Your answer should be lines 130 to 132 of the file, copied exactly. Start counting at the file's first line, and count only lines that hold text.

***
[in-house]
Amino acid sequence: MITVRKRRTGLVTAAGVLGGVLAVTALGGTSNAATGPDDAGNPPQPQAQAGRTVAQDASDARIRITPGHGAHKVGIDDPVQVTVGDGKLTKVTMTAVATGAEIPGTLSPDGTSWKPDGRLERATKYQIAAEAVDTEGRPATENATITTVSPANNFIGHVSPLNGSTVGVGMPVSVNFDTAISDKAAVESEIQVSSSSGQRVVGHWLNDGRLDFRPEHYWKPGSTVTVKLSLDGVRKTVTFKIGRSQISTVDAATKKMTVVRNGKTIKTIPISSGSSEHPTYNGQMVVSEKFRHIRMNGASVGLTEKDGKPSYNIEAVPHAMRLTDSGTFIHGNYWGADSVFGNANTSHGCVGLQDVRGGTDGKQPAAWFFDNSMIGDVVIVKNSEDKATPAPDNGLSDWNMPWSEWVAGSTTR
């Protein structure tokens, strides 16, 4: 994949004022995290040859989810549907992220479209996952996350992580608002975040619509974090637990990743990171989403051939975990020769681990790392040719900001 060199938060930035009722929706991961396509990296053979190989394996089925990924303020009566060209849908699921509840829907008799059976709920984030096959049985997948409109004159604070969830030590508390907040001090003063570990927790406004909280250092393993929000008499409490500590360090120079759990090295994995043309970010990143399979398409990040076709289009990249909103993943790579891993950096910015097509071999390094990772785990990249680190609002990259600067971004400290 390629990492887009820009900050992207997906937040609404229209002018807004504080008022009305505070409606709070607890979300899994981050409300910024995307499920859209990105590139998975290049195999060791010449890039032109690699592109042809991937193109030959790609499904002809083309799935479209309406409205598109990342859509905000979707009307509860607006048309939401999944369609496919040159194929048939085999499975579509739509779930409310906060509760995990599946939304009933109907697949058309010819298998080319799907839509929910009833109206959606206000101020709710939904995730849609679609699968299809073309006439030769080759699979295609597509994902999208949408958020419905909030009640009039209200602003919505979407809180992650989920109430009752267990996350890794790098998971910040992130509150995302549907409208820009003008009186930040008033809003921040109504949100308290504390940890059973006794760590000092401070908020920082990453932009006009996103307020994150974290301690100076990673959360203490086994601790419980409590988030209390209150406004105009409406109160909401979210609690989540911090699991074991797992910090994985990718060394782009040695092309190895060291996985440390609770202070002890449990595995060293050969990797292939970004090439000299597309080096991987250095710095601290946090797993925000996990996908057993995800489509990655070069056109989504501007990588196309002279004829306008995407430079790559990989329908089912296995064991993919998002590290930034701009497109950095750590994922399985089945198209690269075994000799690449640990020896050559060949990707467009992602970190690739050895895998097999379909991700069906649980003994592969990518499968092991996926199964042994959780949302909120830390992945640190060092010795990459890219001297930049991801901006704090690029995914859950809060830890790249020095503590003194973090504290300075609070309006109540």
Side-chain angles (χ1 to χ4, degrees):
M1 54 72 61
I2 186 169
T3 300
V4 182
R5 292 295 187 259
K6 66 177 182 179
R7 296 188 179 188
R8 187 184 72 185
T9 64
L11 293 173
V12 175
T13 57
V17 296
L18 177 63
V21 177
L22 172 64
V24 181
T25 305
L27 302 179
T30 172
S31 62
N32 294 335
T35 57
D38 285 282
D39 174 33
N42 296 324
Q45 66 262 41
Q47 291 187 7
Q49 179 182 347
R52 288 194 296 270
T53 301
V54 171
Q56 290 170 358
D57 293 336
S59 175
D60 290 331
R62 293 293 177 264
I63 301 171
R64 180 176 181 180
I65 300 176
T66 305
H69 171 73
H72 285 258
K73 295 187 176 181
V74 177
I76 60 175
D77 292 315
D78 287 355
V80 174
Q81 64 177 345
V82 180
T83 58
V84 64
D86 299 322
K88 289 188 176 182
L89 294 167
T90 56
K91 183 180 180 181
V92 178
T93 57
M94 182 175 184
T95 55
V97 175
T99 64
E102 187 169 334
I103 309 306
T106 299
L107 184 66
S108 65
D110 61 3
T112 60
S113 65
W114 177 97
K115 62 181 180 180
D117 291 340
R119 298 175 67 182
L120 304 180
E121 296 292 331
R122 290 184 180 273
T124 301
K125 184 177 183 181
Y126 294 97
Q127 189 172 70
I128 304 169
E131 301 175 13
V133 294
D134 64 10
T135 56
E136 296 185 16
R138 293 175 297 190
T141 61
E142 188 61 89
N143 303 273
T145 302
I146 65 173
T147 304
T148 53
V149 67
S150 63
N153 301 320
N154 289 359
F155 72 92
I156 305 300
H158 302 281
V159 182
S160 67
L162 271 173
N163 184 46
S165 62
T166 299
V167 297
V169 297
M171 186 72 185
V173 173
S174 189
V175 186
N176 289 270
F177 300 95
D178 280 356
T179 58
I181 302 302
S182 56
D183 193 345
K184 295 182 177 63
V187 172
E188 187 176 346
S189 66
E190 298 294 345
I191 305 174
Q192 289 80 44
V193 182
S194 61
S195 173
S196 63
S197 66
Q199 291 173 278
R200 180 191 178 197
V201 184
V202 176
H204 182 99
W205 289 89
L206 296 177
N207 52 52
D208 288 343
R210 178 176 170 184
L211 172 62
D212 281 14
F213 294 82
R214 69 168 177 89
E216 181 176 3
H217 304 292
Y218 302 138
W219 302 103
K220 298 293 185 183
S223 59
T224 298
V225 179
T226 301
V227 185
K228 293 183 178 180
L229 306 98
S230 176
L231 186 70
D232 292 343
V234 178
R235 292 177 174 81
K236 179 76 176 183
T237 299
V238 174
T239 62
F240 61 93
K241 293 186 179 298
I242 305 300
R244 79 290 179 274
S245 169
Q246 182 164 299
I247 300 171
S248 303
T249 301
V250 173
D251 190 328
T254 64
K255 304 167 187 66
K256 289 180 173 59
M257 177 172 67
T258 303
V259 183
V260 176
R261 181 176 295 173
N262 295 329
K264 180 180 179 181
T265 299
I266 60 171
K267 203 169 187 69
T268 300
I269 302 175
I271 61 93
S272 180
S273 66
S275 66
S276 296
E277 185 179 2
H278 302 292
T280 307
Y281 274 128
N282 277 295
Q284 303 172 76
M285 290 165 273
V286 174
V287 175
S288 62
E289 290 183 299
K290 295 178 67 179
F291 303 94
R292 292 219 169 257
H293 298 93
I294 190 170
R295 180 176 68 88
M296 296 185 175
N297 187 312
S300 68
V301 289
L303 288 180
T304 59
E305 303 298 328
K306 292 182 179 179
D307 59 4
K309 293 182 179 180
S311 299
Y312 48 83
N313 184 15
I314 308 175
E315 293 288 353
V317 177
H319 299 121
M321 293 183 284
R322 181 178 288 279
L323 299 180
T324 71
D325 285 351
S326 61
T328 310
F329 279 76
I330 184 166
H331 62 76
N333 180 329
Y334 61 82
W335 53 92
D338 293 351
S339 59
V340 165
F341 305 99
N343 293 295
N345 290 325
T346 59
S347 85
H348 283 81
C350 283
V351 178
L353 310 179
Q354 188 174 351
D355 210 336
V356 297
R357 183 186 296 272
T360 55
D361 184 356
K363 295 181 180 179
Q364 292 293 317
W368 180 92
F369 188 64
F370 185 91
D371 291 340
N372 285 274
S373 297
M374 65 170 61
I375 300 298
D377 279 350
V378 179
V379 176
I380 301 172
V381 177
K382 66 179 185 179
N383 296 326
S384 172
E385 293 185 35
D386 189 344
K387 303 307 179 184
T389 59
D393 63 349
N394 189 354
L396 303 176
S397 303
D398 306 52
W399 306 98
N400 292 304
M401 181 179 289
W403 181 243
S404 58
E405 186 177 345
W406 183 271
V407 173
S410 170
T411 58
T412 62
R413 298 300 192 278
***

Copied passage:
E188 187 176 346
S189 66
E190 298 294 345